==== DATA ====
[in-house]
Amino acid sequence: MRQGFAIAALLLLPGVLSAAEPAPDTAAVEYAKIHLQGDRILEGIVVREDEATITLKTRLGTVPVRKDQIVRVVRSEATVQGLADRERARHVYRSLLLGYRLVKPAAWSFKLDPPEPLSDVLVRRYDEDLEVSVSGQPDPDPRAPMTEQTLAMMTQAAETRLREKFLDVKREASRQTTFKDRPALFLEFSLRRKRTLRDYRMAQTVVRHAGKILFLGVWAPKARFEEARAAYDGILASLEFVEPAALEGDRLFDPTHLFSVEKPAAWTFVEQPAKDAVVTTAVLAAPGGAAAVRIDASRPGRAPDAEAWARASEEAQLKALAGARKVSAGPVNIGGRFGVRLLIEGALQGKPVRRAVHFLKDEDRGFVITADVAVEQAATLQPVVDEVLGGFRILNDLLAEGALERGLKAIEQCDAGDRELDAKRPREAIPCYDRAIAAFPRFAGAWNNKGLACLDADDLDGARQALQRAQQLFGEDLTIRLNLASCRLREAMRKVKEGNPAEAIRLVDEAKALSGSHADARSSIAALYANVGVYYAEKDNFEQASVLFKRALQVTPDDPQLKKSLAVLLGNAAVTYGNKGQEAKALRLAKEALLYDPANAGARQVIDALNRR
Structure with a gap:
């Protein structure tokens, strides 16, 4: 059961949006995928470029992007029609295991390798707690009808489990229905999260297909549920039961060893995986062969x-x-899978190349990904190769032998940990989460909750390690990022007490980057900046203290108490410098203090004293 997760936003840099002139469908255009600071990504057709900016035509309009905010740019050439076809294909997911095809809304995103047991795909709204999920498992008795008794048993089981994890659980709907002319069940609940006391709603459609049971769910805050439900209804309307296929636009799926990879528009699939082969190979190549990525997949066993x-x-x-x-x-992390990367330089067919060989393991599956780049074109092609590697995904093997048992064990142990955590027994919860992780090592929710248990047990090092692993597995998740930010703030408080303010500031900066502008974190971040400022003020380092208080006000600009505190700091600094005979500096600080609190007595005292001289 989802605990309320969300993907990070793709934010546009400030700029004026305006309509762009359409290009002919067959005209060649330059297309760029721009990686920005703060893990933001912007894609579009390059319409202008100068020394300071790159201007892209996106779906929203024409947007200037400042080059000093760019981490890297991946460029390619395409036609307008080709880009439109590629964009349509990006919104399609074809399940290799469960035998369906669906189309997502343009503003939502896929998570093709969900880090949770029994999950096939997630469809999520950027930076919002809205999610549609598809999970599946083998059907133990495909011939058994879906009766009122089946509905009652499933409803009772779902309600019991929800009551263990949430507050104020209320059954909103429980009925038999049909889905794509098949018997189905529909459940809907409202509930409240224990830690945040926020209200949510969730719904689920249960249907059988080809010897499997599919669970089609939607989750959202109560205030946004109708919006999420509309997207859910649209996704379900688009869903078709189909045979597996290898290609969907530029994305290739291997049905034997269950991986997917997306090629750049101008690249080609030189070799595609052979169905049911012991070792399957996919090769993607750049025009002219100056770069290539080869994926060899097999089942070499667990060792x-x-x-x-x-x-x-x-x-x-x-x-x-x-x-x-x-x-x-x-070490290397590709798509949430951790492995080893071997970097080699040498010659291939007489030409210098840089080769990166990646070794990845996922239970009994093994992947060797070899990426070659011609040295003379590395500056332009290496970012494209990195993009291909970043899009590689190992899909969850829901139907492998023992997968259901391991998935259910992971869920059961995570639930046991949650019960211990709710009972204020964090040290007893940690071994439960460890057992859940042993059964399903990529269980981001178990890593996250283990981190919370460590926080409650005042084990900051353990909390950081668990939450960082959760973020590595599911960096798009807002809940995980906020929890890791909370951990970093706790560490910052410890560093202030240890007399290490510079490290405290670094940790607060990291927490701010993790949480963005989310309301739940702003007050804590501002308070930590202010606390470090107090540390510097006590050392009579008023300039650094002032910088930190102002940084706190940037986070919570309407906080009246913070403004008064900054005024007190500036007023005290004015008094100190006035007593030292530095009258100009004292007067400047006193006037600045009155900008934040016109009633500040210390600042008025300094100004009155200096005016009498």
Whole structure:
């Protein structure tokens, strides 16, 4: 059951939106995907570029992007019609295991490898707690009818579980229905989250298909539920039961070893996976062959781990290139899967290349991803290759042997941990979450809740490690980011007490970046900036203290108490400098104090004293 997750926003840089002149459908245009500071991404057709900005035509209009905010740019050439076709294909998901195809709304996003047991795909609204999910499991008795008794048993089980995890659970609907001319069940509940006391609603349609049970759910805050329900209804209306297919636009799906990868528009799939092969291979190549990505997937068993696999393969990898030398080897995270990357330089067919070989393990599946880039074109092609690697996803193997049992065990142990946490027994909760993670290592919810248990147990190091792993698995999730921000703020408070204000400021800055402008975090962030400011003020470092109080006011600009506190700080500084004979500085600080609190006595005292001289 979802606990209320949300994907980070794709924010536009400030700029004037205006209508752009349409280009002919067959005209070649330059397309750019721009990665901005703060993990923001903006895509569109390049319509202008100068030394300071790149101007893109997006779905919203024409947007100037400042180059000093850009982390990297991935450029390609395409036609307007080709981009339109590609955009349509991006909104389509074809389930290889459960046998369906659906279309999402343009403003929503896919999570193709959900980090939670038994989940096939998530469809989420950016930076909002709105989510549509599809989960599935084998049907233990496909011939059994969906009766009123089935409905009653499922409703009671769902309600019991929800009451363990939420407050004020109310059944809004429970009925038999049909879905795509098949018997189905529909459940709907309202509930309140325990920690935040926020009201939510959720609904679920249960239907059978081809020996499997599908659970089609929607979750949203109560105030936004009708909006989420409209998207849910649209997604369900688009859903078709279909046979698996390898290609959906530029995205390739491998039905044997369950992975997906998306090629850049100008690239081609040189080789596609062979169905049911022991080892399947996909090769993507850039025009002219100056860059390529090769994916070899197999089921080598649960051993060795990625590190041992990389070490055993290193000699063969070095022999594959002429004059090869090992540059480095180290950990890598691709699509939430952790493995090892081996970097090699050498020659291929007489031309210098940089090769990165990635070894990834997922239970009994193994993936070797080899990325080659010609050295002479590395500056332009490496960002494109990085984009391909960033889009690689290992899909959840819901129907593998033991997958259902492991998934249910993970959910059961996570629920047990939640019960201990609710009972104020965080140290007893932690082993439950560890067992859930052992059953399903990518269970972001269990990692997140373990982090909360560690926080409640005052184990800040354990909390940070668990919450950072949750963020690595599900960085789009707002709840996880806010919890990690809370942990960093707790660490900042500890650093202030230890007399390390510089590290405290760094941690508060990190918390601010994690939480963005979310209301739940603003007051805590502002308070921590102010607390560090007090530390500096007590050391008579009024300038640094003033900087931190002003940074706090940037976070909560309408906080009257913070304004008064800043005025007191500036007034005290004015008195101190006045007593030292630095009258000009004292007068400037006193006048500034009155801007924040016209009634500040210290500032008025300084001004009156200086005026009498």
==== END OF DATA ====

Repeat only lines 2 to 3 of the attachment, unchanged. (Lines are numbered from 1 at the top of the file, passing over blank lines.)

Amino acid sequence: MRQGFAIAALLLLPGVLSAAEPAPDTAAVEYAKIHLQGDRILEGIVVREDEATITLKTRLGTVPVRKDQIVRVVRSEATVQGLADRERARHVYRSLLLGYRLVKPAAWSFKLDPPEPLSDVLVRRYDEDLEVSVSGQPDPDPRAPMTEQTLAMMTQAAETRLREKFLDVKREASRQTTFKDRPALFLEFSLRRKRTLRDYRMAQTVVRHAGKILFLGVWAPKARFEEARAAYDGILASLEFVEPAALEGDRLFDPTHLFSVEKPAAWTFVEQPAKDAVVTTAVLAAPGGAAAVRIDASRPGRAPDAEAWARASEEAQLKALAGARKVSAGPVNIGGRFGVRLLIEGALQGKPVRRAVHFLKDEDRGFVITADVAVEQAATLQPVVDEVLGGFRILNDLLAEGALERGLKAIEQCDAGDRELDAKRPREAIPCYDRAIAAFPRFAGAWNNKGLACLDADDLDGARQALQRAQQLFGEDLTIRLNLASCRLREAMRKVKEGNPAEAIRLVDEAKALSGSHADARSSIAALYANVGVYYAEKDNFEQASVLFKRALQVTPDDPQLKKSLAVLLGNAAVTYGNKGQEAKALRLAKEALLYDPANAGARQVIDALNRR
Structure with a gap: